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Soverign risk and the effects of fiscal retrenchment in deep recessions

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Author Info

  • Giancarlo Corsetti
  • Keith Kuester
  • Andre Meier
  • Gernot J. Muller

Abstract

The authors analyze the effects of government spending cuts on economic activity in an environment of severe fiscal strain, as reflected by a sizeable risk premium on government debt. Specifically, they consider a "sovereign risk channel," through which sovereign default risk spills over to the rest of the economy, raising funding costs in the private sector. The authors' analysis is based on a variant of the model suggested by Cúrdia and Woodford (2009). It allows for costly financial intermediation and inter-household borrowing and lending in equilibrium, but maintains the tractability of the baseline New Keynesian model. They show that, if monetary policy is constrained in offsetting the effect of higher sovereign risk on private-sector borrowing conditions, the sovereign risk channel exacerbates indeterminacy problems: private-sector beliefs of a weakening economy can become self-fulfilling. Under these conditions, fiscal retrenchment can limit the risk of macroeconomic instability. In addition, if fiscal strain is very severe and monetary policy is constrained for an extended period, fiscal retrenchment may actually stimulate economic activity.

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Bibliographic Info

Paper provided by Federal Reserve Bank of Philadelphia in its series Working Papers with number 11-43.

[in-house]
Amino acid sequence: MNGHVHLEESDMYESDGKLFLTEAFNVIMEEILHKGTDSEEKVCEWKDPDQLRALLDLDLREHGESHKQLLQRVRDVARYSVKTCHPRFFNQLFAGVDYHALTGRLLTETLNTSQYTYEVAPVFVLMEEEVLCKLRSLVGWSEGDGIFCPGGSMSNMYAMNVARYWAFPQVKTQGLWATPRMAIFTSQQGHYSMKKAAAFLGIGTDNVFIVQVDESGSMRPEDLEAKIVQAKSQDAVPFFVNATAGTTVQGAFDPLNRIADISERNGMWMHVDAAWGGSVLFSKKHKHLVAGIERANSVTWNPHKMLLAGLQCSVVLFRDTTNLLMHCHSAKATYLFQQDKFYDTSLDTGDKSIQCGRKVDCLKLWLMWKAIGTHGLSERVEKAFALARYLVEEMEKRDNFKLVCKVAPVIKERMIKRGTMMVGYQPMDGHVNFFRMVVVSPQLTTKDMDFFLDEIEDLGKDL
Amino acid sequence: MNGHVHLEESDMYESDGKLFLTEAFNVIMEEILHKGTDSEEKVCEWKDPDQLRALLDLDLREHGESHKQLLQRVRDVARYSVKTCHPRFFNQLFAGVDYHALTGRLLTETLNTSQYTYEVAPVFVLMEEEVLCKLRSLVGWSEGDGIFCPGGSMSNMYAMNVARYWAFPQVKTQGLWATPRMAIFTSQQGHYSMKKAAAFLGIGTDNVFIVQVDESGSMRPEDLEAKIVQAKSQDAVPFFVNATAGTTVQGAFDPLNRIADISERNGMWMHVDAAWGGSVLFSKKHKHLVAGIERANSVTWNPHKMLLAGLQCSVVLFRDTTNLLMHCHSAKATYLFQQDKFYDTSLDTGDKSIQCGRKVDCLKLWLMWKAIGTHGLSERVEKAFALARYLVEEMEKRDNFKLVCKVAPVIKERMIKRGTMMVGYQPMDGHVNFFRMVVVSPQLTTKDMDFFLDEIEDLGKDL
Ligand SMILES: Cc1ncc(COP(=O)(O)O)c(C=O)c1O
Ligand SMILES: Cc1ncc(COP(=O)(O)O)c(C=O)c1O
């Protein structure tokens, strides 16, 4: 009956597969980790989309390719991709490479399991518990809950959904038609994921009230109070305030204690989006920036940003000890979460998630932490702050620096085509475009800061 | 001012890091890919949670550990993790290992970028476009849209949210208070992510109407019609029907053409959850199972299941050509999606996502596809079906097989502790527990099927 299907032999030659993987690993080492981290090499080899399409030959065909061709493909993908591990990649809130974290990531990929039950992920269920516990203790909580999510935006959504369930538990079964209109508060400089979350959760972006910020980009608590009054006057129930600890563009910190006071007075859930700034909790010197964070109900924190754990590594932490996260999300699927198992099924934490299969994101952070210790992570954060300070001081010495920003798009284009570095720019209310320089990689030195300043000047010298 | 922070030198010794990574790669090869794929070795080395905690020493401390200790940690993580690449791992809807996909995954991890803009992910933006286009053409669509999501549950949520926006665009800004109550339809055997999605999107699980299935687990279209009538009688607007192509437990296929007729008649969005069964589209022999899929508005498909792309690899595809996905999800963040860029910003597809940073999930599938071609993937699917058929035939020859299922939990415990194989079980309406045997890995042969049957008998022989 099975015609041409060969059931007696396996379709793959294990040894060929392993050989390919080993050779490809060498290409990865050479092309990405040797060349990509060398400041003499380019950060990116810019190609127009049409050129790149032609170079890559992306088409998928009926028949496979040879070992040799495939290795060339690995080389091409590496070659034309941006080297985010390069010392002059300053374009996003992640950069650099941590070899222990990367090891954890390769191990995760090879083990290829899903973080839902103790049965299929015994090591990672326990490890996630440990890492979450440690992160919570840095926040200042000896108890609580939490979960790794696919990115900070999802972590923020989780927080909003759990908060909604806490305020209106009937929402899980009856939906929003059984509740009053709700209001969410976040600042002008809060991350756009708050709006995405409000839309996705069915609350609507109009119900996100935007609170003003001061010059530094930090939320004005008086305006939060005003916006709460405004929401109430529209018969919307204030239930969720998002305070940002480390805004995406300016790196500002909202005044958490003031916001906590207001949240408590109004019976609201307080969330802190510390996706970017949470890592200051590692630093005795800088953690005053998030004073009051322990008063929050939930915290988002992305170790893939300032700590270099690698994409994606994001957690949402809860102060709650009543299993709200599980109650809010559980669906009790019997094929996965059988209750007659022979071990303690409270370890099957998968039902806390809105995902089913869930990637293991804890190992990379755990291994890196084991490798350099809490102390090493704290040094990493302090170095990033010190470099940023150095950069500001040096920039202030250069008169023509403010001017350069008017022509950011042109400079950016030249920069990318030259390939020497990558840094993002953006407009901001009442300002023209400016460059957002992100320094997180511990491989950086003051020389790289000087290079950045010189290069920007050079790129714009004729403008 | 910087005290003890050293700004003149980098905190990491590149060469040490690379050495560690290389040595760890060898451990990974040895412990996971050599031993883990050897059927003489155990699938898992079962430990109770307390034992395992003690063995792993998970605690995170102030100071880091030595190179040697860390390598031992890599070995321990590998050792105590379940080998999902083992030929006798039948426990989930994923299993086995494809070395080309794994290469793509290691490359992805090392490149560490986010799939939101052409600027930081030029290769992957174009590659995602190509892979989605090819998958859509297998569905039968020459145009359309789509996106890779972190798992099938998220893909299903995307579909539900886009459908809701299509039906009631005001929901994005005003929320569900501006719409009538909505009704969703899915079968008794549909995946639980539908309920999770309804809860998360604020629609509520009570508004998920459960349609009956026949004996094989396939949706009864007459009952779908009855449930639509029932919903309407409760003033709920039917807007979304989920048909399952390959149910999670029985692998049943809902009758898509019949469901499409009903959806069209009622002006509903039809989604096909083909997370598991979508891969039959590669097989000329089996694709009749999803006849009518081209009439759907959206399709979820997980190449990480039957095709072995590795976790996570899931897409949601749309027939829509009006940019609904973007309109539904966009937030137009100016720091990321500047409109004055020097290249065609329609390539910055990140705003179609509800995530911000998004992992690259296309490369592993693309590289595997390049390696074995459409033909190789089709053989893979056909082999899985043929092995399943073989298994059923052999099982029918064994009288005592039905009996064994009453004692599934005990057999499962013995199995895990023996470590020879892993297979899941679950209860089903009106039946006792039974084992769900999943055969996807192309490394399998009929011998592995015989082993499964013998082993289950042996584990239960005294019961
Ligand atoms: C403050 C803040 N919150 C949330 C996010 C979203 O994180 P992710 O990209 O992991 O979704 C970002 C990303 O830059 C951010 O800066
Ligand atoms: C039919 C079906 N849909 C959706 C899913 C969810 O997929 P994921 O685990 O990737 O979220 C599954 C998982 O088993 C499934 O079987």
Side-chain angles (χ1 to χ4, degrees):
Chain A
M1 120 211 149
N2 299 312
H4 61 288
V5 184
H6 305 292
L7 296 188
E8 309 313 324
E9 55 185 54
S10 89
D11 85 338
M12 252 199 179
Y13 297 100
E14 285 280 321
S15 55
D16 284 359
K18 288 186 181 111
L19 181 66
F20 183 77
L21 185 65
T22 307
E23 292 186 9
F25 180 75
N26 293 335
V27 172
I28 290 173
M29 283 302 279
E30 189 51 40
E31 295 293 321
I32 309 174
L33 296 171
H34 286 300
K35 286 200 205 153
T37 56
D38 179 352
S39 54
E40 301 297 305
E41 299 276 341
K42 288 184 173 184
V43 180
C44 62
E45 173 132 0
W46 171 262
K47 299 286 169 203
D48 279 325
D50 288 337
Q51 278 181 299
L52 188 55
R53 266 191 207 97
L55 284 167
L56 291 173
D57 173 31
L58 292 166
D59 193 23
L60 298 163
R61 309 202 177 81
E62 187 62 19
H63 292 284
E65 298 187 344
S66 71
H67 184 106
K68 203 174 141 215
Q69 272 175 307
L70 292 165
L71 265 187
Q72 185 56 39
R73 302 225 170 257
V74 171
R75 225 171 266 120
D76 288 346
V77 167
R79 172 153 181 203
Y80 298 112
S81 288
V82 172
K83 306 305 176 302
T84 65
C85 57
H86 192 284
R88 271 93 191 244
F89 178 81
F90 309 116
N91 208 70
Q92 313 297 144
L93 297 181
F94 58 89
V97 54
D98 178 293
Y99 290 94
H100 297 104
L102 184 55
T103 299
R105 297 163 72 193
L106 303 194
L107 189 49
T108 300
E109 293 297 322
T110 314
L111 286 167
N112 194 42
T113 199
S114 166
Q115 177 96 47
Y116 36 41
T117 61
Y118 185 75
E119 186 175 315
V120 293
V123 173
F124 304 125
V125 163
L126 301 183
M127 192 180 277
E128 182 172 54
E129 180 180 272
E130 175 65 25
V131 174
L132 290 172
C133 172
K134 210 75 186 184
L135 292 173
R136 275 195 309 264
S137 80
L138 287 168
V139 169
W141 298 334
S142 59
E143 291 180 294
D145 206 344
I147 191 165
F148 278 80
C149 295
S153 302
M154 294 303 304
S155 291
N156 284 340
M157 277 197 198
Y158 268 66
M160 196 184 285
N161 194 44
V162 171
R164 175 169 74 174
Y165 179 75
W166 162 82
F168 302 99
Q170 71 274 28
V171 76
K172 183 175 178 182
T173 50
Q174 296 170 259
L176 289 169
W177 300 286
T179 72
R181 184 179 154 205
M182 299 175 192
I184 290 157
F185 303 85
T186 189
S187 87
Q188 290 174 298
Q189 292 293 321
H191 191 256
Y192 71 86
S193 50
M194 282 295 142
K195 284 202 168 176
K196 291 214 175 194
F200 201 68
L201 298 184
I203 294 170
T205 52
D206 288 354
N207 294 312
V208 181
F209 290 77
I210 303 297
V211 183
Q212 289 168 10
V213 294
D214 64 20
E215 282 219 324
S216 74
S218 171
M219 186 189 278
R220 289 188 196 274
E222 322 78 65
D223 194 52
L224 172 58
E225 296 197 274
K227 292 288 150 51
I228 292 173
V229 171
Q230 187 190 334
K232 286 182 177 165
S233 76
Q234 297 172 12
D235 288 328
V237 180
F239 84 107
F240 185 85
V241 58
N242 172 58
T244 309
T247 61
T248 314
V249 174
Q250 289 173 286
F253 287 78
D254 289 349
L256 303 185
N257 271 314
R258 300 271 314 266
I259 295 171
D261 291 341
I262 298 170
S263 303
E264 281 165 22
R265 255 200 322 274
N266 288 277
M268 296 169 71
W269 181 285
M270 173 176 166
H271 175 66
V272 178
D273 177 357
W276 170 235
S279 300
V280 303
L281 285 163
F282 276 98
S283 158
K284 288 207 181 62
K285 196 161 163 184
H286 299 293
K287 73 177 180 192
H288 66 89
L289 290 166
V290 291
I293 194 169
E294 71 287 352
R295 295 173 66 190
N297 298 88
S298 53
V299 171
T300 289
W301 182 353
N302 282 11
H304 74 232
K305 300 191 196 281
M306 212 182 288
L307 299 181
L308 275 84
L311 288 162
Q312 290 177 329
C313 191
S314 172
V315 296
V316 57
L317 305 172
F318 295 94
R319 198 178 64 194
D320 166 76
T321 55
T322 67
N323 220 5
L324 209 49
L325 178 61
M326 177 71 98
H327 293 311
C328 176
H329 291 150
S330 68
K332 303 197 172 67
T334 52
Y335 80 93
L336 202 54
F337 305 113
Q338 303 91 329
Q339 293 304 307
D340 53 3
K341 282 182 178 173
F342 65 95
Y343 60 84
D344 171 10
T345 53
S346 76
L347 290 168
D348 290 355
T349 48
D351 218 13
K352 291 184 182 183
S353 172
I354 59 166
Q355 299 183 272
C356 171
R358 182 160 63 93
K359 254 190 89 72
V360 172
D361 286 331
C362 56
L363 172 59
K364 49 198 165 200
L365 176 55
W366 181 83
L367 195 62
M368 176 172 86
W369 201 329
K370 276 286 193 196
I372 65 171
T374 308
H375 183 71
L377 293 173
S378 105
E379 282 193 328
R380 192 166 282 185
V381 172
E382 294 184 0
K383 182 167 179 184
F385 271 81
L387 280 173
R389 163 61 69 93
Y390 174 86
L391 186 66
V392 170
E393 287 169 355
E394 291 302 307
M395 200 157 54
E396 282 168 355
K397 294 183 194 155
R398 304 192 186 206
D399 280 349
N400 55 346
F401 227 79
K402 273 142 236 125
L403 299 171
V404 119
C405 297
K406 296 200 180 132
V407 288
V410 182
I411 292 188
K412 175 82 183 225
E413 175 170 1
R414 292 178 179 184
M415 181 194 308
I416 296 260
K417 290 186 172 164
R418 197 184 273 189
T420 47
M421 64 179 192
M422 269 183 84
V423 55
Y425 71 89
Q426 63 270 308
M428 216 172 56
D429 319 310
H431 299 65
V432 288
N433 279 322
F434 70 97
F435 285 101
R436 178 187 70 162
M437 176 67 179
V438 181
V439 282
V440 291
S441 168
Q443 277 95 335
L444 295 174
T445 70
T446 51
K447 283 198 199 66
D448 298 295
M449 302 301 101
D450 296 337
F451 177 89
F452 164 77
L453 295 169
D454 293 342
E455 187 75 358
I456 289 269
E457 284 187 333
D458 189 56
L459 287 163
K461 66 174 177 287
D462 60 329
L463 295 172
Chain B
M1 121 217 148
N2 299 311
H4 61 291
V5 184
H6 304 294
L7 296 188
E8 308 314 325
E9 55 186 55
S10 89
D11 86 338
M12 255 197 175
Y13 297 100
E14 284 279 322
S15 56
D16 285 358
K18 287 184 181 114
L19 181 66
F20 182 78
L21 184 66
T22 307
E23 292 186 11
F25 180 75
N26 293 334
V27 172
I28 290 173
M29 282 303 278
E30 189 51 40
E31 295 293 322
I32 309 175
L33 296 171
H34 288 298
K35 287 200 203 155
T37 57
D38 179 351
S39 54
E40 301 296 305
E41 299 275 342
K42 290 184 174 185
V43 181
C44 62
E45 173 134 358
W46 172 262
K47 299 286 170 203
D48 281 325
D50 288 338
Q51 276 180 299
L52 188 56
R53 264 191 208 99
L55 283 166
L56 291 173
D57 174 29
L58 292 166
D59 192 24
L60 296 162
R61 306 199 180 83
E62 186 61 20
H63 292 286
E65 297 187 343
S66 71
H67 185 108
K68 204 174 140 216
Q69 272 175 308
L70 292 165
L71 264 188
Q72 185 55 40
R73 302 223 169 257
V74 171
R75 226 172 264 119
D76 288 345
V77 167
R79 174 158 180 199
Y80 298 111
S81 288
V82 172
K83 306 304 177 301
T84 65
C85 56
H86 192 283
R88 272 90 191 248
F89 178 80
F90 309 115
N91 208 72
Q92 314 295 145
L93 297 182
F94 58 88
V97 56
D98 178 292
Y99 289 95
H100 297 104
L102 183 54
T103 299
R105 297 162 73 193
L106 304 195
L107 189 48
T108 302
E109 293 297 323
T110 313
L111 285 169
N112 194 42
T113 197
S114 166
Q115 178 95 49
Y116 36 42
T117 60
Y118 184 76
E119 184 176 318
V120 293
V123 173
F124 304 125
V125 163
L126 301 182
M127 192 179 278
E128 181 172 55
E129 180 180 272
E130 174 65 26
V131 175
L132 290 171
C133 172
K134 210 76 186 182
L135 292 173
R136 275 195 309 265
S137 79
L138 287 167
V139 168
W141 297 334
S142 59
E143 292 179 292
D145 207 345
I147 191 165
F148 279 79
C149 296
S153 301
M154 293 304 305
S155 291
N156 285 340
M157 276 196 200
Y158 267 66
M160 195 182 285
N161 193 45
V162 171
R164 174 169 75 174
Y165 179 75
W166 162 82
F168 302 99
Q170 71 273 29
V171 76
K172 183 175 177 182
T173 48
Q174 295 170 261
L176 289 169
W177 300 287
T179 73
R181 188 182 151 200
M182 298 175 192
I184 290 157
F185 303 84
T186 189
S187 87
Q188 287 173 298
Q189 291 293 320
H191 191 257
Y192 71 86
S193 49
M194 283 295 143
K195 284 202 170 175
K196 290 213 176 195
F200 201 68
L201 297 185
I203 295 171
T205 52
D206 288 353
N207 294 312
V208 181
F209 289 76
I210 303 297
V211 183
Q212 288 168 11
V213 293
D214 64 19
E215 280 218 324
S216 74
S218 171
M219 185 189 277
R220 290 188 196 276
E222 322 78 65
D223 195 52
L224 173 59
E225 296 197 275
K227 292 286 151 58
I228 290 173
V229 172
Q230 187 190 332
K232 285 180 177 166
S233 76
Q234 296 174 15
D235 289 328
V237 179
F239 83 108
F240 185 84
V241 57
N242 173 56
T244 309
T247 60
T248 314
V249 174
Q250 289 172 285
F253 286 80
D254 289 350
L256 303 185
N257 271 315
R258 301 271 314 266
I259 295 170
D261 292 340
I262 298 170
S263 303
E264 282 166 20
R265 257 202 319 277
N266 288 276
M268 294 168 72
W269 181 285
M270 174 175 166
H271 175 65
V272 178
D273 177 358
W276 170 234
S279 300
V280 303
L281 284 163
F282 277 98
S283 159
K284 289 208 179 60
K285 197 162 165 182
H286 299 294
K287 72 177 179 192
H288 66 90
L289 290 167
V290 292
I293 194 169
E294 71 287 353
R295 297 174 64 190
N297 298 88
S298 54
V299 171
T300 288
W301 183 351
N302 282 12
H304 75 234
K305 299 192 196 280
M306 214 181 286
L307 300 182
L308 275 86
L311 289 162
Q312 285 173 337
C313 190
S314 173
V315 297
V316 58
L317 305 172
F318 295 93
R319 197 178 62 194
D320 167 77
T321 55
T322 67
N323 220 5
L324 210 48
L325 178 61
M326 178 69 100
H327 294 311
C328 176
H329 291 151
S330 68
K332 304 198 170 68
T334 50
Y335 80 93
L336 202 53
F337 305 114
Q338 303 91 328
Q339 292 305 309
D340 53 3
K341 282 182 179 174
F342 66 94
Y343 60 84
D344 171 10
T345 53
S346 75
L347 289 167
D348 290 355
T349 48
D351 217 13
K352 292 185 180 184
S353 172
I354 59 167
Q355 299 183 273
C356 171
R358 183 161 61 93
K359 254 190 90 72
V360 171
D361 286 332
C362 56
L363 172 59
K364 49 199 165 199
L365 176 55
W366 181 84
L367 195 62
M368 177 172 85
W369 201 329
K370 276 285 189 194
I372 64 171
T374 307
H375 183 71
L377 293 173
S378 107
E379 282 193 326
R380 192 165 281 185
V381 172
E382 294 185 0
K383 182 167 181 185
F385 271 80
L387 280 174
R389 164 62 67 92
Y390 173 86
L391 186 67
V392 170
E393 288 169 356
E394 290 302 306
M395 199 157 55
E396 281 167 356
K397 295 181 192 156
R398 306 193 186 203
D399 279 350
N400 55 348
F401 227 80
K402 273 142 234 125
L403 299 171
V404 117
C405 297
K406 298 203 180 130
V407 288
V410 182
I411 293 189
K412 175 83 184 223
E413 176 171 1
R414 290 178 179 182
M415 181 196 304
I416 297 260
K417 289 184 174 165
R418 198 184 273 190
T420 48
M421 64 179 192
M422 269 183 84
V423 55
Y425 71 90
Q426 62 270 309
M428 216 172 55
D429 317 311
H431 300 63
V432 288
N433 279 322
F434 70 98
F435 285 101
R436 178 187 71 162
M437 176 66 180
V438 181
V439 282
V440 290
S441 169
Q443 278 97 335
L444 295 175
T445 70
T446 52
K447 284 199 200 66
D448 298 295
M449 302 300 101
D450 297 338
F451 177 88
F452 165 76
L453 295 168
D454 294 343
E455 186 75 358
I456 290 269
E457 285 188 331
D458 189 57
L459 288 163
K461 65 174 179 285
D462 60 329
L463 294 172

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Date of creation: 2011
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Handle: RePEc:fip:fedpwp:11-43

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Related research

Keywords: Fiscal policy ; Monetary policy;

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References

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  1. Troy Davig & Eric M. Leeper, 2005. "Generalizing the Taylor Principle," NBER Working Papers 11874, National Bureau of Economic Research, Inc.
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Citations

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Cited by:
  1. Corsetti, Giancarlo & Müller, Gernot, 2012. "Multilateral economic cooperation and the international transmission of fiscal policy," CEPR Discussion Papers 8748, C.E.P.R. Discussion Papers.
  2. Albrecht Ritschl, 2012. "Reparations, deficits, and debt default: the Great Depression in Germany," Economic History Working Papers 44335, London School of Economics and Political Science, Department of Economic History.
  3. Tim Oliver Berg & Kai Carstensen & Hans-Werner Sinn, 2011. "Was kosten Eurobonds?," Ifo Schnelldienst, Ifo Institute for Economic Research at the University of Munich, vol. 64(17), pages 25-33, 09.

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